This lie is the cybersecurity industry saying that they have no idea whether this widget works, and neither do you, so you might was well give it a try. This Frankenstein approach to cybersecurity makes it impossible to understand what works and what is useless. Paying for useless security maximizes revenue for the cybersecurity industry.
There are no silver bullets
Application whitelisting is the silver bullet. NIST advises organizations to use modern whitelisting programs, also known as application control programs, to stop cyber threats. The Australian Signals Directorate’s Essential Eight Maturity Model has four levels (0-3) and levels 1, 2, and 3 require application whitelisting.
Cybersecurity is complicated
The cybersecurity industry’s ineffective, reactive, throw spaghetti at the wall, prevention be damned architecture is complicated and intellectually out of reach for businesses, lawmakers, and laypeople. There are many prevention paradigms in our society and none are complicated. Health care, fire prevention, tooth paste, home security and so on. Making cybersecurity unduly obtuse and complicated is part of the industry’s sales playbook but it doesn’t have to be this way.
What you can do
Stop repeating the lies. Use common sense. Keep an eye on Australia. When buying cyber products, ask your well dressed, attractive, articulate sales person whether any of their customers have been infected with ransomware lately.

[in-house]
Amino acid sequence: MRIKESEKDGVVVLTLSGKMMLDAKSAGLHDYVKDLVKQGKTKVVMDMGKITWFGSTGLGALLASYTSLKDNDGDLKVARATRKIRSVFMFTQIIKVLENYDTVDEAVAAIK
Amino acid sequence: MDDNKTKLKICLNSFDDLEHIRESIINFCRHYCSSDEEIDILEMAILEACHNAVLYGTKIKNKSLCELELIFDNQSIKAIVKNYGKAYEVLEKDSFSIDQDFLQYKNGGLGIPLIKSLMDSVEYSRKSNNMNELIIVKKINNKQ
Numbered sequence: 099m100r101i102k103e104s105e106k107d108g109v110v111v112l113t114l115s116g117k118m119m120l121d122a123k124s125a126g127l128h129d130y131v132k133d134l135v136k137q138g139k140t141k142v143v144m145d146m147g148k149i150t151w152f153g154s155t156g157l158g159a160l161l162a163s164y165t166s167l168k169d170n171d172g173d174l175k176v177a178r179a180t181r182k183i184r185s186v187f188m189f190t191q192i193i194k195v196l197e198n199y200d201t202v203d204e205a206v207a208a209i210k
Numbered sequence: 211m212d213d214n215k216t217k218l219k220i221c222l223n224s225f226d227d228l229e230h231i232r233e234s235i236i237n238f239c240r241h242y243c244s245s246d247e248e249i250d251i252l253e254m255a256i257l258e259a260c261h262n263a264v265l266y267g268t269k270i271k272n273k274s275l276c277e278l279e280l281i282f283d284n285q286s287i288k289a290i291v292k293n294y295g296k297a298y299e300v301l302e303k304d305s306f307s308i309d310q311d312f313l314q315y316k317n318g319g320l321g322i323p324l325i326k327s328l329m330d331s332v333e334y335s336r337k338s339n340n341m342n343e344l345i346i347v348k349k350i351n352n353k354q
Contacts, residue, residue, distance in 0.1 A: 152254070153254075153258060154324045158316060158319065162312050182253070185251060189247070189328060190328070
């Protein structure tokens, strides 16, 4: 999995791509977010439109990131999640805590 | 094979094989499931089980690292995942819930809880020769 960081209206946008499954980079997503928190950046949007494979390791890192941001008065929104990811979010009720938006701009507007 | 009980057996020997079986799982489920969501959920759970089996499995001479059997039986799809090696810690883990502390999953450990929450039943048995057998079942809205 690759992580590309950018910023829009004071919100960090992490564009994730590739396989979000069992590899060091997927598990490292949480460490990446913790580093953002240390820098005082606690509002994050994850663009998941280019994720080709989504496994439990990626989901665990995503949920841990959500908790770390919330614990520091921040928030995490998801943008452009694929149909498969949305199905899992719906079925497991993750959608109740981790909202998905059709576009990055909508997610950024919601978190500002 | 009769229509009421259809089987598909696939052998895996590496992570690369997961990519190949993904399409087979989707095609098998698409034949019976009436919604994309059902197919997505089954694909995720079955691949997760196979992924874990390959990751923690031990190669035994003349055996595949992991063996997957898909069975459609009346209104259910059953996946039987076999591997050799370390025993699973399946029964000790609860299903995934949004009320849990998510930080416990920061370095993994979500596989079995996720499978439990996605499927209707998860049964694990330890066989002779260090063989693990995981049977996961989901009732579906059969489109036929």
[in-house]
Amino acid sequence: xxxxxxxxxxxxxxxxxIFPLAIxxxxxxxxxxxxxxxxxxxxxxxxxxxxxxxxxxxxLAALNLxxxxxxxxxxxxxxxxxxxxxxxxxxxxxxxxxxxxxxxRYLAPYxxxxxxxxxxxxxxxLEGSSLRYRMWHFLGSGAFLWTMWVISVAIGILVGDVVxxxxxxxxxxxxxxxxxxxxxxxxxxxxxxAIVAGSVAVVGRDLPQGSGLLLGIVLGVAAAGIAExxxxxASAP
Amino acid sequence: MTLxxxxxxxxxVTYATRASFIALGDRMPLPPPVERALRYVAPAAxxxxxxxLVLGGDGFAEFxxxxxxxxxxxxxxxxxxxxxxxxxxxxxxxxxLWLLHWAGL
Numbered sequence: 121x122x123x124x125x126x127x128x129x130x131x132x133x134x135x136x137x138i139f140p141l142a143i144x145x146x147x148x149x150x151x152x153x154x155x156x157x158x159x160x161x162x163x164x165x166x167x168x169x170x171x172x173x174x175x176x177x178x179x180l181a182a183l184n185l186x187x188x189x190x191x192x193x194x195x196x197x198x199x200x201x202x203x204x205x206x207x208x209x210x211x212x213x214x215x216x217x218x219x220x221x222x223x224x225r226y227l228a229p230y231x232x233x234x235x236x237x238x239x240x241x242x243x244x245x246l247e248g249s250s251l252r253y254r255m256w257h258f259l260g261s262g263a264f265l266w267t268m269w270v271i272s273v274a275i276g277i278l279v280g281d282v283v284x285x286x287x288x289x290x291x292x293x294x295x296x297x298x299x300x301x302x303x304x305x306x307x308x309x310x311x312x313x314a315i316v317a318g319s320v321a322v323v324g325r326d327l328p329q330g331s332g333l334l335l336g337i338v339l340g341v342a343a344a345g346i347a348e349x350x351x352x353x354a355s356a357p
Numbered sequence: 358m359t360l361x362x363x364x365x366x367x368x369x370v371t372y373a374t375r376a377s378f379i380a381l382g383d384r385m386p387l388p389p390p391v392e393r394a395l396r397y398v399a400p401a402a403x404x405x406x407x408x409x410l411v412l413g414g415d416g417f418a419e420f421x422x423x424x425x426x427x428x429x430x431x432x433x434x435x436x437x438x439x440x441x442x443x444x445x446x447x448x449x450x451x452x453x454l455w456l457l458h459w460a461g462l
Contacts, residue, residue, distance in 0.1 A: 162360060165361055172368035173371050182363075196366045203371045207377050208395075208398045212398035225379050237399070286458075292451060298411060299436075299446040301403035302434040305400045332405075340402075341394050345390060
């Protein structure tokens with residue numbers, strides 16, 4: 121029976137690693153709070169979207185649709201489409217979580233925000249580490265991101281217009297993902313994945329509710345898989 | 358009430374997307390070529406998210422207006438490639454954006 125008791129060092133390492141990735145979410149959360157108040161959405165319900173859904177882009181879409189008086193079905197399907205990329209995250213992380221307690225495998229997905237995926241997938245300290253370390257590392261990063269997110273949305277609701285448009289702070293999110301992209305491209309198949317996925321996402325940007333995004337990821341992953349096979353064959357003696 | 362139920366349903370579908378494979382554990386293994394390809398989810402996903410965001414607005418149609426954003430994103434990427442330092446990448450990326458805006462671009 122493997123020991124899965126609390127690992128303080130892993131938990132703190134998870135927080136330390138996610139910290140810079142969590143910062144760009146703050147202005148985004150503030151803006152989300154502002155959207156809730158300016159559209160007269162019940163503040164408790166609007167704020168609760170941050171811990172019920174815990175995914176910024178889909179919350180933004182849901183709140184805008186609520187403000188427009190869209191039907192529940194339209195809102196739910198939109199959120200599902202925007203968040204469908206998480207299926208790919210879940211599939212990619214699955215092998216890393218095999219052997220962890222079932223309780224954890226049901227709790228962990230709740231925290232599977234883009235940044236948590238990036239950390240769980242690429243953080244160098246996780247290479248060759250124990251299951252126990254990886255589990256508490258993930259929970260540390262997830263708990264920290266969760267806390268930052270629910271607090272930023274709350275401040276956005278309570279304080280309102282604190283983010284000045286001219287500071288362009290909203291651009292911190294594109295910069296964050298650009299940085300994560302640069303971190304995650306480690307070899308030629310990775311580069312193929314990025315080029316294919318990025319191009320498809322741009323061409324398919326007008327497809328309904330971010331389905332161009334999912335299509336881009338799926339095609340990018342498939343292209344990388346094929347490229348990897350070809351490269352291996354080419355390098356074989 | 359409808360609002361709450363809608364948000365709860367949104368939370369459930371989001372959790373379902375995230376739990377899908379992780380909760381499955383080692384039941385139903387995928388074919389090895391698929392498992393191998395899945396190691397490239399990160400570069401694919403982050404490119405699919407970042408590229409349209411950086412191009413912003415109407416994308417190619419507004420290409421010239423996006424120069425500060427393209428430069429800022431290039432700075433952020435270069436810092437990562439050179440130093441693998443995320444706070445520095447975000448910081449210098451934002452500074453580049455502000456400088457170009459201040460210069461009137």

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Xcaret Adventure

Our last adventure for our Cancún vacation was to a wonderful place called Xcaret which is one of the coolest tourist destinations in the area. The highlight is a man made salt water that runs through the park. Each person puts on a life vest, and swims throughout the river. There are numerous spots to take selfies built into the trip. There are numerous restaurants, and we saw two shows. The first one was a Mayan dance show and the second they call the Spectacle. Dinner was included, and it was as spectacular as the name suggests. The show lasted about an hour and a half and reviewed the history of Mexico through song and dance. The park includes an aquarium and a small zoo, plus places to swim and a boat ride. If you are going to do one thing while in Cancún, it should be Xcaret.

They have a technology, where each person gets a wrist band, and it takes a Xelfie in hundreds of different places. These photos are an assortment of our Xelfies.

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Mayan Cenote

We went on an excursion to Chichén Itzá and then our group visited a Mayan Cenote which was the highlight of the trip. Cenote is the Mayan word for a sink hole or underground cave. The height of Mayan accomplishment is the monuments built in Chichén Itzá which took hundreds of years to construct. It was fascinating to see how the Mayan people live today in the Yucutan. We had a typical Mayan meal primarily consisting of chicken and tortillas. Later, a Mayan priest blessed our trip into the cenote. We rapelled down 60 feet into the cave into the super cold and refreshing water. The Mayan people took these photos and then sell them to tourists as a new form of income. It was great.